“Soft despotism is a term coined by Alexis de Tocqueville describing the state into which a country overrun by "a network of small complicated rules" might degrade. Soft despotism is different from despotism (also called 'hard despotism') in the sense that it is not obvious to the people."

Tuesday, January 09, 2007

For 50 years the US preferred stability over legitimacy in the Middle East and now it's got neither. Enter the CIA.

By Toby Harnden, US Editor The Telegraph
Last Updated: 1:47am GMT 10/01/2007

The Central Intelligence Agency has been authorised to take covert action against Hizbollah as part of a secret plan by President George W. Bush to help the Lebanese government prevent the spread of Iranian influence. Senators and congressmen have been briefed on the classified "non-lethal presidential finding" that allows the CIA to provide financial and logistical support to the prime minister, Fouad Siniora.

The finding was signed by Mr Bush before Christmas after discussions between his aides and Saudi Arabian officials. Details of its existence, known only to a small circle of White House officials, intelligence officials and members of Congress, have been passed to The Daily Telegraph.

It authorises the CIA and other US intelligence agencies to fund anti-Hizbollah groups in Lebanon and pay for activists who support the Siniora government. The secrecy of the finding means that US involvement in the activities is officially deniable.

The Bush administration hopes Mr Siniora's government, severely weakened after its war with Israel last year, will become a bulwark against the growing power of the Shia sect of Islam, championed by Iran and Syria, since the fall of Saddam Hussein.

Mr Bush's move is at the centre of a fresh drive by America, supported by the Sunni states of Saudi Arabia, Jordan and Egypt as well as Israel, to stop Iranian hegemony in the Middle East emerging from the collapse of Iraq.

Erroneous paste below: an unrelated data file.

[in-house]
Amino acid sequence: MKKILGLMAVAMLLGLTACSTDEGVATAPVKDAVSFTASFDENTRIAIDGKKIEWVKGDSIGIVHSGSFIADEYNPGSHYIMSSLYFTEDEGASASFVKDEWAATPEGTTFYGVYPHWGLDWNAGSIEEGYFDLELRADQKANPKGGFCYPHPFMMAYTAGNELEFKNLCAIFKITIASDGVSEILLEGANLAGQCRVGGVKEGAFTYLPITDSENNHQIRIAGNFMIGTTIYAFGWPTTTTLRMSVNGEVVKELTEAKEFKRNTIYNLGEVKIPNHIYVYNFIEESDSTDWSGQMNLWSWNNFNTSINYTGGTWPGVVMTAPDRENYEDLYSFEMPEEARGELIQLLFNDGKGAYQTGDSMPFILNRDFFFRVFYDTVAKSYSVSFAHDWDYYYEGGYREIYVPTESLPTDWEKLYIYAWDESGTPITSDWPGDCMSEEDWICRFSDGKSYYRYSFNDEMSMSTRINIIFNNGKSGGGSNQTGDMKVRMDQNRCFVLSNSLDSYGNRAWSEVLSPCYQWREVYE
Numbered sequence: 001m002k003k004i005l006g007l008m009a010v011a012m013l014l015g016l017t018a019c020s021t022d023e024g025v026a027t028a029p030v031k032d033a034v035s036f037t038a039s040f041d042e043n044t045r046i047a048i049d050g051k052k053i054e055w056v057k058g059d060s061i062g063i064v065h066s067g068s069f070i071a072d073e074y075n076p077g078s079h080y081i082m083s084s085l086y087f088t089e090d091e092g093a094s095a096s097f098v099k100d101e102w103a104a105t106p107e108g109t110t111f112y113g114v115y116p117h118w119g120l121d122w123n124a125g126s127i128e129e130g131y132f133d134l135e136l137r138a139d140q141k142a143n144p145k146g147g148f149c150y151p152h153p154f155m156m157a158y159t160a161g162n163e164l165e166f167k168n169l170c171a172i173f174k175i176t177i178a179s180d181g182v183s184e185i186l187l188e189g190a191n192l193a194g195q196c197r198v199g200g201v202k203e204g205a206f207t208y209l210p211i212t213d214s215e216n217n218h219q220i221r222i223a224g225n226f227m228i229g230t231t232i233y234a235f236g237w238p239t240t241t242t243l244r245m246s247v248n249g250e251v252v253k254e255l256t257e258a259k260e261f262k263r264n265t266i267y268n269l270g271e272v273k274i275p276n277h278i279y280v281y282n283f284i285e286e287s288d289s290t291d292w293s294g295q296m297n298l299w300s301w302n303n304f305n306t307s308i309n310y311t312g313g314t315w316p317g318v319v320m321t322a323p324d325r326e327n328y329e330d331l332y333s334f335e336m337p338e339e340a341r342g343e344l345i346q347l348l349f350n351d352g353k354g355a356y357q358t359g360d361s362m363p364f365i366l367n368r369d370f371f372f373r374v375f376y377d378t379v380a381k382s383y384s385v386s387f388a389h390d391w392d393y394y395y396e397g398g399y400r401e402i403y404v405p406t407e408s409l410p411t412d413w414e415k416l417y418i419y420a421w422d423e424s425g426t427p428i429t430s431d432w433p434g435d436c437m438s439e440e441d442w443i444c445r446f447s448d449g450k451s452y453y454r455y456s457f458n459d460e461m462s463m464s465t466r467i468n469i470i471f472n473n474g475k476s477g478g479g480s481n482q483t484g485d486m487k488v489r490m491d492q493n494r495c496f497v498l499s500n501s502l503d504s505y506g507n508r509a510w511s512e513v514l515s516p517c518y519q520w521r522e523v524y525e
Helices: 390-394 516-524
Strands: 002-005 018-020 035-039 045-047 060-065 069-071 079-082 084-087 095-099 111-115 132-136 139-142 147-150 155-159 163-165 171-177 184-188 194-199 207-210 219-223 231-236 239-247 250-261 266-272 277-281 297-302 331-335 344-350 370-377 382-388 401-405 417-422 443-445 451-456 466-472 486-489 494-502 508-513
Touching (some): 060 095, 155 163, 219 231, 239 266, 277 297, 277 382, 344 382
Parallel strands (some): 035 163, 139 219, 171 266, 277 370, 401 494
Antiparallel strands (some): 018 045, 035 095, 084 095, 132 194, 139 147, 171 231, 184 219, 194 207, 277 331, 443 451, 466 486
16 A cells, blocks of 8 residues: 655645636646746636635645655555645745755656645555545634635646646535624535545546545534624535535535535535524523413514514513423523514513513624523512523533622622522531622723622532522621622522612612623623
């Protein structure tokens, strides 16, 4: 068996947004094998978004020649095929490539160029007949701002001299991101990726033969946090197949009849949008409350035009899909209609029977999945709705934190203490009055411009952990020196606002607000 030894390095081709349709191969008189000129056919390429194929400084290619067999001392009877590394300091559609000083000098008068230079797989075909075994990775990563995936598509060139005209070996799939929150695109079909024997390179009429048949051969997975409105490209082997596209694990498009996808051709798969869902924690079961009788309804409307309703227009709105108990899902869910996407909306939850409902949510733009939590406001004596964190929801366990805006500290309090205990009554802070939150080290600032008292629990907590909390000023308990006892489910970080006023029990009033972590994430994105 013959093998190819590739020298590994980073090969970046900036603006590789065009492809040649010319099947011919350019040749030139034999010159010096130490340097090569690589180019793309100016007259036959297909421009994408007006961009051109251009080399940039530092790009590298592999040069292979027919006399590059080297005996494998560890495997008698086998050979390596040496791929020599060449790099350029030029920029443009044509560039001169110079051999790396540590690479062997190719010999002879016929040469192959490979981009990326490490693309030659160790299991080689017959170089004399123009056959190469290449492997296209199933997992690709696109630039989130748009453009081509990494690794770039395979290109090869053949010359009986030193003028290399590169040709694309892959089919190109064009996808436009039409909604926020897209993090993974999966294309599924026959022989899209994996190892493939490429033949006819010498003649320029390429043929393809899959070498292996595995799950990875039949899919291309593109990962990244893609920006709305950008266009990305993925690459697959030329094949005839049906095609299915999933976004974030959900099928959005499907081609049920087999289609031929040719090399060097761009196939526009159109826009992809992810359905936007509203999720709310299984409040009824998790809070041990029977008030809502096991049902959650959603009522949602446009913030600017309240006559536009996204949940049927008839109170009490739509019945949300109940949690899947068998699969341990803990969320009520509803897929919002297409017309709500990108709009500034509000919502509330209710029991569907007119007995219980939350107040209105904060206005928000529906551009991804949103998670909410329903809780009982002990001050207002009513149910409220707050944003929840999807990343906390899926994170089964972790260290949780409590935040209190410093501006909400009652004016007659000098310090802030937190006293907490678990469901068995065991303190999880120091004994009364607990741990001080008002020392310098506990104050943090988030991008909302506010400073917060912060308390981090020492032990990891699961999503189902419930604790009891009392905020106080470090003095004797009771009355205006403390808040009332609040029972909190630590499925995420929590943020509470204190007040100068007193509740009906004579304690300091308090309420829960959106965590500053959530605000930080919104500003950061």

The finding, drawn up at the White House by National Security Council (NSC) officials, is a sign of Mr Bush's growing alarm at the threat posed by Iran, which has infiltrated the Iraqi government and is training Shia insurgents as well as supplying them with roadside bombs.

A former US government official said: "Siniora's under siege there and we are always looking for ways to help allies. As Richard Armitage [a former deputy US secretary of state] said, Hizbollah is the A-team of terrorism and certainly Iran and Syria have not let up in their support of the group."

Prince Bandar bin-Sultan, the former Saudi Arabian ambassador to Washington, is understood to have been closely involved in the decision to prop up Mr Siniora's administration and the Israeli government, which views Iran as its chief enemy, has also been supportive.

"There's a feeling both in Jerusalem and in Riyadh that the anti-Sunni tilt in the region has gone too far," said an intelligence source. "By removing Saddam, we've shifted things in favour of the Shia and this is a counter-balancing exercise.

Prince Bandar, now King Abdullah's national security adviser, made several trips to Washington and held meetings with Elliot Abrams, the senior Middle East official on the NSC.

Prince Turki al-Faisal resigned abruptly as ambassador to Washington last month. Intelligence sources said that a principal reason for this was his belief he had been undermined by Prince Bandar, who had not told him of the Lebanon plan or even that he was visiting Washington.

As a quid pro quo to the Sunni Arab states, Mr Bush and Ehud Olmert, the Israeli prime minister, have agreed to work harder to re-start negotiations about a peace deal with the Palestinians.

According to the Swoop website (, which contains briefings on diplomatic and intelligence matters: "US officials point to the Israeli release of some tax monies owed to the Palestinian Authority as the first fruits of this approach.

Reuel Marc Gerecht, a former clandestine CIA officer, said that such a finding would involve "various steps and types of non-military activity" agreed to by the Lebanese. "It takes two to tango. You're only those things that the Lebanese themselves would want you to do," he said.

Bush administration officials have spoken of their desire to promote "mainstream" Arab states and have even spoken of the existence of a "Sunni crescent" in the Middle East. But there is tension between this policy and the support for Nouri al-Maliki's Shia-led government in Iraq, which has links to Shia death squads and Iran.

"The administration is reaping its own whirlwind after Iraq," said the intelligence source. "For 50 years the US preferred stability over legitimacy in the Middle East and now it's got neither. It's a situation replete with ironies."

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